We went home and brainstormed items to give. We googled, used our common sense and knowledge of our local weather. It was a great start!
Our original idea was to do this as a mother/son community service project. It didn't take long to realize that we were meant to do more!
Our first 150 empty bags were donated by Orlando Body & Movement Therapy. It was there that the name "Miles To Go" came to us as well.
From there we became a 501(3)(c) and have now packed/donated over 600 bags!"
2. How can the community help MTG on a daily basis?
"The community can and has been of great help! You can simply save your hotel shampoos, add a couple MTG supplies to your weekly grocery order, order from our Amazon wish list, order through Amazon Smile (.5% goes back to the charity of your choice), attend a packing day, host a supply drive…..so many options!"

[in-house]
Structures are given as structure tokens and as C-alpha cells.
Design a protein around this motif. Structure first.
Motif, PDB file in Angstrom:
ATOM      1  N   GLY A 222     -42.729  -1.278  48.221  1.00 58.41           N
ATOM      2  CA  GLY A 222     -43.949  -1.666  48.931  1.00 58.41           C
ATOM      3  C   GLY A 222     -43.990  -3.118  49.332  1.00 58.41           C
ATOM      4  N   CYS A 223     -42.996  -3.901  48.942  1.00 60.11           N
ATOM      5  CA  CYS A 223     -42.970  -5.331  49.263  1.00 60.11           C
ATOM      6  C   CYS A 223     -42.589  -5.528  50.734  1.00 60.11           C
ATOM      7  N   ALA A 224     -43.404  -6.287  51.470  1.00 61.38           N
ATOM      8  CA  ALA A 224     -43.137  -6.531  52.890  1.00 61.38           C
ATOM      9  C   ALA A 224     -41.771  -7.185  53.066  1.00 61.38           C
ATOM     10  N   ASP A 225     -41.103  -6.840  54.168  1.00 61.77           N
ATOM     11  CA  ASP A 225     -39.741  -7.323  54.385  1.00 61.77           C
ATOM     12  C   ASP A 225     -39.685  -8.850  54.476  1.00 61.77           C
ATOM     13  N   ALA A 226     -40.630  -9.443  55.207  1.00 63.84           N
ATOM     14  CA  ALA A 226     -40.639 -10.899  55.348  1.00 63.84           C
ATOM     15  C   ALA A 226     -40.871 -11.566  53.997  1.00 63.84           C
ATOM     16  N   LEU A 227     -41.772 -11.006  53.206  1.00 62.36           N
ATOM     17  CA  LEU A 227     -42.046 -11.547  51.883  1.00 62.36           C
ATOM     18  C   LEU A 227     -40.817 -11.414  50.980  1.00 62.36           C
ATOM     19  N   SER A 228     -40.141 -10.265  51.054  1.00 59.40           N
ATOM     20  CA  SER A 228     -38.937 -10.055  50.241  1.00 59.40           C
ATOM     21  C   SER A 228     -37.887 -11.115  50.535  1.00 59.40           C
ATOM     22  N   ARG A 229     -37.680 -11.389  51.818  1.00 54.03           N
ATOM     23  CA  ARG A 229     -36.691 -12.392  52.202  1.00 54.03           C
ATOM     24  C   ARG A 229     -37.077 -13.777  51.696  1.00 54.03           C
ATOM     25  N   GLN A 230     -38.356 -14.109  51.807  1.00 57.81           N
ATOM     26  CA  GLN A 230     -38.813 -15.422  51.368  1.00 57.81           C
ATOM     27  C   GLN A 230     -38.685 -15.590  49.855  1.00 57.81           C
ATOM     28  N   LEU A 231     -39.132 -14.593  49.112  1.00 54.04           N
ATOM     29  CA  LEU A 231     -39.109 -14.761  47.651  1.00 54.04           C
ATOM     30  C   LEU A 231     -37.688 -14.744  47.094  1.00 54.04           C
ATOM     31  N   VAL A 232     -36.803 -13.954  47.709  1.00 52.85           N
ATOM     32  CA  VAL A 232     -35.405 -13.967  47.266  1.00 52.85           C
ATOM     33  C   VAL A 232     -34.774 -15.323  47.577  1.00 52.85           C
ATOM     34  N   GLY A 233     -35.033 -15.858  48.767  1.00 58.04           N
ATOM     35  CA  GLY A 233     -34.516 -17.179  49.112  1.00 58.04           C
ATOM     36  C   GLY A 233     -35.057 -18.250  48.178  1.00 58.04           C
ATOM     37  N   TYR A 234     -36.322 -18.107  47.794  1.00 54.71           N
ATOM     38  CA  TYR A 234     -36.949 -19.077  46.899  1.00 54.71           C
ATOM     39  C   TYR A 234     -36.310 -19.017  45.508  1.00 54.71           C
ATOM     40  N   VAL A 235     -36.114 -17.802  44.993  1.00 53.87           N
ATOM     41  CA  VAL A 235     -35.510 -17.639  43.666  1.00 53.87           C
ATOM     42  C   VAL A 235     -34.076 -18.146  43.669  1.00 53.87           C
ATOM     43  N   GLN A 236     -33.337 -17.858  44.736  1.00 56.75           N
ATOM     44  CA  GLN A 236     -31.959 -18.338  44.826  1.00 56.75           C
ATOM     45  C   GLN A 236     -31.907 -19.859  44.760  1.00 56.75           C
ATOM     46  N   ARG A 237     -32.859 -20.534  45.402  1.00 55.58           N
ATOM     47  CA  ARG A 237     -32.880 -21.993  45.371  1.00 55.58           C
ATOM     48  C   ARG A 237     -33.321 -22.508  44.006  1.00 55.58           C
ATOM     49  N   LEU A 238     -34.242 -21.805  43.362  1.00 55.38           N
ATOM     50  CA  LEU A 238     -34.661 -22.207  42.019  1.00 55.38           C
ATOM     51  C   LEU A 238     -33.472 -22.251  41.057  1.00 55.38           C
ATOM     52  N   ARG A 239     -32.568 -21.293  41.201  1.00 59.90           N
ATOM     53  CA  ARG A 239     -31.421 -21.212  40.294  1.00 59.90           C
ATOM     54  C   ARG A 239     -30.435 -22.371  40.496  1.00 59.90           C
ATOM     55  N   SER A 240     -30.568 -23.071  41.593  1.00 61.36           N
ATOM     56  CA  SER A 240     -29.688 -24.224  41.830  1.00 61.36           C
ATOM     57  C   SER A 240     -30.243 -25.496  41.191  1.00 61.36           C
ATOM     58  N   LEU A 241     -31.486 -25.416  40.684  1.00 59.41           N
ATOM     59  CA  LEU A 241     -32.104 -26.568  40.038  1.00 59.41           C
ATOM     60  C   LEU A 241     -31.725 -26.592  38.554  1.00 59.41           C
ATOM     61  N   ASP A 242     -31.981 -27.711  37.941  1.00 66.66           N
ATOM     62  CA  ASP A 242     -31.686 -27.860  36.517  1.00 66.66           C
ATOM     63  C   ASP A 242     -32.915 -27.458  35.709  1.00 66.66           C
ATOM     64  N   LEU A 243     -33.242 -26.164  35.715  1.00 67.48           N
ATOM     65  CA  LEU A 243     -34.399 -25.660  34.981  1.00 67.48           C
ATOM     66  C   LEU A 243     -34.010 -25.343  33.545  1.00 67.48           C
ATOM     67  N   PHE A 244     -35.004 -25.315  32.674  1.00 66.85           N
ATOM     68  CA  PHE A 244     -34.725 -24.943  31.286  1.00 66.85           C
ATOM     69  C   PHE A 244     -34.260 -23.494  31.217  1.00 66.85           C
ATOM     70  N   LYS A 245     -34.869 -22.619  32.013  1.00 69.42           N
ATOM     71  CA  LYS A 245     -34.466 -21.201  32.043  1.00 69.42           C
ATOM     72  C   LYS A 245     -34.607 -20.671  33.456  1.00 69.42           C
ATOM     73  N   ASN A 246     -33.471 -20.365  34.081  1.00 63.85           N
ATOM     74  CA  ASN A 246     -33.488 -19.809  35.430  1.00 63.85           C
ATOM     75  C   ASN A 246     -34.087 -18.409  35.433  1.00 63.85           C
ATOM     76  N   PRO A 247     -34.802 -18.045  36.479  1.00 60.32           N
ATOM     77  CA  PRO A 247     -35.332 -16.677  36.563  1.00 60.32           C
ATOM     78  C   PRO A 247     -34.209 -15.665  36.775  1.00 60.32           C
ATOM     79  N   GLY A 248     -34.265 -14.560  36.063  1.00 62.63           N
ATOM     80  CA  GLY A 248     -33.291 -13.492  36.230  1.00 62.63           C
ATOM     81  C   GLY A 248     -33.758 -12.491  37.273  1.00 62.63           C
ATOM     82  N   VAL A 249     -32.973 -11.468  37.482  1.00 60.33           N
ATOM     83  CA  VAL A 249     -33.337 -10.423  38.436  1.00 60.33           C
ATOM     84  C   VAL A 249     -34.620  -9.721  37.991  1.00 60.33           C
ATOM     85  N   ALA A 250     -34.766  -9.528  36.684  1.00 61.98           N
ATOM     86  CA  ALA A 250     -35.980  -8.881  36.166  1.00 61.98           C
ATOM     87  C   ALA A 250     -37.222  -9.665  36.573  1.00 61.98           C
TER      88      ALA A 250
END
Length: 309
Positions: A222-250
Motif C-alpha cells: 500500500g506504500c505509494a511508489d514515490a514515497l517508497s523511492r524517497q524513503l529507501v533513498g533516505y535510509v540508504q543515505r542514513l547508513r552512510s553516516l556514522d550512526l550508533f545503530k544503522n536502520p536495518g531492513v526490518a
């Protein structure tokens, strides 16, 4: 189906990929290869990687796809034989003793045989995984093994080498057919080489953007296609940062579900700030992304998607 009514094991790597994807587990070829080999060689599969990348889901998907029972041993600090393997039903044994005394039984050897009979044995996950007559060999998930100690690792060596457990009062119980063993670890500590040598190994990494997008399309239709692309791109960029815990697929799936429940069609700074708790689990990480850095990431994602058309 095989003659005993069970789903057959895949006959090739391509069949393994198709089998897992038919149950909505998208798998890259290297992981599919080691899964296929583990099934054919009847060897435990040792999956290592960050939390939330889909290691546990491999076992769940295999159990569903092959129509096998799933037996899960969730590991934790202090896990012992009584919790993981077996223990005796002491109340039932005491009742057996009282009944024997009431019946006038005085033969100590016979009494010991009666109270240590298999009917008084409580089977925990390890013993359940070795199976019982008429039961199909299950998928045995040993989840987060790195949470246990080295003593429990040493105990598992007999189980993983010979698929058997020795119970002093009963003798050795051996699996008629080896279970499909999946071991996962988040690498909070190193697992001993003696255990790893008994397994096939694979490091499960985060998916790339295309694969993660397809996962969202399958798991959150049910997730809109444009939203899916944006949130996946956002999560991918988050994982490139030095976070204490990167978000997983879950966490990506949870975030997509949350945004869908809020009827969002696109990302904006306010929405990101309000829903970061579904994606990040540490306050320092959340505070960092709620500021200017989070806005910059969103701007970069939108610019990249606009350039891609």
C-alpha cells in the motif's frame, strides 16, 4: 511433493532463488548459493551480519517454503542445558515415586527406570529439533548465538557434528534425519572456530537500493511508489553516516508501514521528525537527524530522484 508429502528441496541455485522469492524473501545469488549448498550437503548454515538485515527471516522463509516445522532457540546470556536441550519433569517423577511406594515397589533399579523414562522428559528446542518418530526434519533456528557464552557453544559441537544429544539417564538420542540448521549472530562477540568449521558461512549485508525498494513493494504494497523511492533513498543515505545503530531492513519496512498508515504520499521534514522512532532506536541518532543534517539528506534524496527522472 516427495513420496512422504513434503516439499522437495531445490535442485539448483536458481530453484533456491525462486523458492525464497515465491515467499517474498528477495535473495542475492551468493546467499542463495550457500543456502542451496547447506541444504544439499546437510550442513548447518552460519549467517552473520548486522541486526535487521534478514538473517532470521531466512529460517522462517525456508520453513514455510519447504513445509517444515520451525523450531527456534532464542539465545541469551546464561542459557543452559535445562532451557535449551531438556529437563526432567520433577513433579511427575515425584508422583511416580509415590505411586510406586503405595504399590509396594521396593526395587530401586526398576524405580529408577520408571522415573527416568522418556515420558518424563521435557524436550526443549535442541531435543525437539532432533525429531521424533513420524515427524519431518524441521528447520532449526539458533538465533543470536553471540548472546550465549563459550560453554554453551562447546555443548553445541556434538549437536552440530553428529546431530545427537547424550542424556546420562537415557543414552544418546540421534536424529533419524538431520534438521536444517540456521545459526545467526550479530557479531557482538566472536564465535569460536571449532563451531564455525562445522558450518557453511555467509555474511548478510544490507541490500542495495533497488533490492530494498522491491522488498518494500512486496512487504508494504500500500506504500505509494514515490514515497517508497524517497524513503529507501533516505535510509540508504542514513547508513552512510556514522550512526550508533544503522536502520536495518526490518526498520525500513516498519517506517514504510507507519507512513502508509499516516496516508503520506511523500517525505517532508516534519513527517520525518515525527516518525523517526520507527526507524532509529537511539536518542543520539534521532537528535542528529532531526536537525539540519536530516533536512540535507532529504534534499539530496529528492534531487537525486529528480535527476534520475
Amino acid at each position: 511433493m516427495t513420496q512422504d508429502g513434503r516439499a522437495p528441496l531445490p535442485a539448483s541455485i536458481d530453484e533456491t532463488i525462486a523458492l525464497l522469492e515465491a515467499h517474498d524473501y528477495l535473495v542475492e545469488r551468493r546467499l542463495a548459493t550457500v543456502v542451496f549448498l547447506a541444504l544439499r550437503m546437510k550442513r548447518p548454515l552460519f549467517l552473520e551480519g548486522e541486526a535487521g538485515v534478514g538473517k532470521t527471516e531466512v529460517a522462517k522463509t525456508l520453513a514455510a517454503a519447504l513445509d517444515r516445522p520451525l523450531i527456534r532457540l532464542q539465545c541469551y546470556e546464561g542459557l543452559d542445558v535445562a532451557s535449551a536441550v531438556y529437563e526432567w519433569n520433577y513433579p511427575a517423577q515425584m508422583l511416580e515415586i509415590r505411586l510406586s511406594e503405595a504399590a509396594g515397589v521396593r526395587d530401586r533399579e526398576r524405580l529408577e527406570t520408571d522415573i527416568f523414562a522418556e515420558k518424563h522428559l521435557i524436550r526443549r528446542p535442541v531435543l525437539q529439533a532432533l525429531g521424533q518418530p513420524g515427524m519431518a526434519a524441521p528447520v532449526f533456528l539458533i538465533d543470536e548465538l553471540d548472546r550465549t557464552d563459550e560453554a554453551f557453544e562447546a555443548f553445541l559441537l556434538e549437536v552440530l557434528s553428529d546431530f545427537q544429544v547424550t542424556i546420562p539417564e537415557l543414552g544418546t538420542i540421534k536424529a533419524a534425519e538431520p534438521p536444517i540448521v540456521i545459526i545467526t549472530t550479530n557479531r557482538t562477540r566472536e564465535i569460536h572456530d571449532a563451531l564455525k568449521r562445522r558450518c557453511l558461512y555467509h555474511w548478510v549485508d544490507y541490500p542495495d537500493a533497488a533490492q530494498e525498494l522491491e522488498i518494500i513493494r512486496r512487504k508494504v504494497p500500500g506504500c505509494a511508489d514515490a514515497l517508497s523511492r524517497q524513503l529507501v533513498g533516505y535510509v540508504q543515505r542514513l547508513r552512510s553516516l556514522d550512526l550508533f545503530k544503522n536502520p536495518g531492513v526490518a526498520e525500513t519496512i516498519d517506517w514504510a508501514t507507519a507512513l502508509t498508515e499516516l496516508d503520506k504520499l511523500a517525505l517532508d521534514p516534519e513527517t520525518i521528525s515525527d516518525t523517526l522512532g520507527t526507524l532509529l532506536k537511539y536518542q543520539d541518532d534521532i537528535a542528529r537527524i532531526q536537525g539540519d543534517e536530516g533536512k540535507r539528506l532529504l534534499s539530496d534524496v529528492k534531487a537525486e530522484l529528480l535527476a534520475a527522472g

3. What is MTG's goal?
"Our goal has been the same since the beginning; Spreading love one bag at a time. We do not have a monetary or quantity goal. We just want to help as many people as we can. We do that with our gift of a Miles To Go bag to the homeless & also by growing compassion in the person giving the bag out."
4. Can helpers get volunteer hours? How can they be a part of MTG?
"YES! Helping our youth is one of our favorite things! We love assisting you get your hours and growing compassion while you do it! You can do a supply drive with your club, team, church, family, so many options! You can also help in by getting supplies ready for packing (like folding t-shirts, pairing items, numbering cards, etc). Social media is a big one too! You can spread awareness, share our Amazon wish list and so much more!"
5. Do you have any future plans regarding the future of Miles To Go?
"On the horizon we have a brunch at Plancha (the Four Seasons) November 4th where a portion of the proceeds will be given to MTG & a packing day November 15th. Both are open to the public. We are excited to announce that Miles To Go was selected by Visit Orlando to be the philanthropic feature at their event in Tallahassee this December!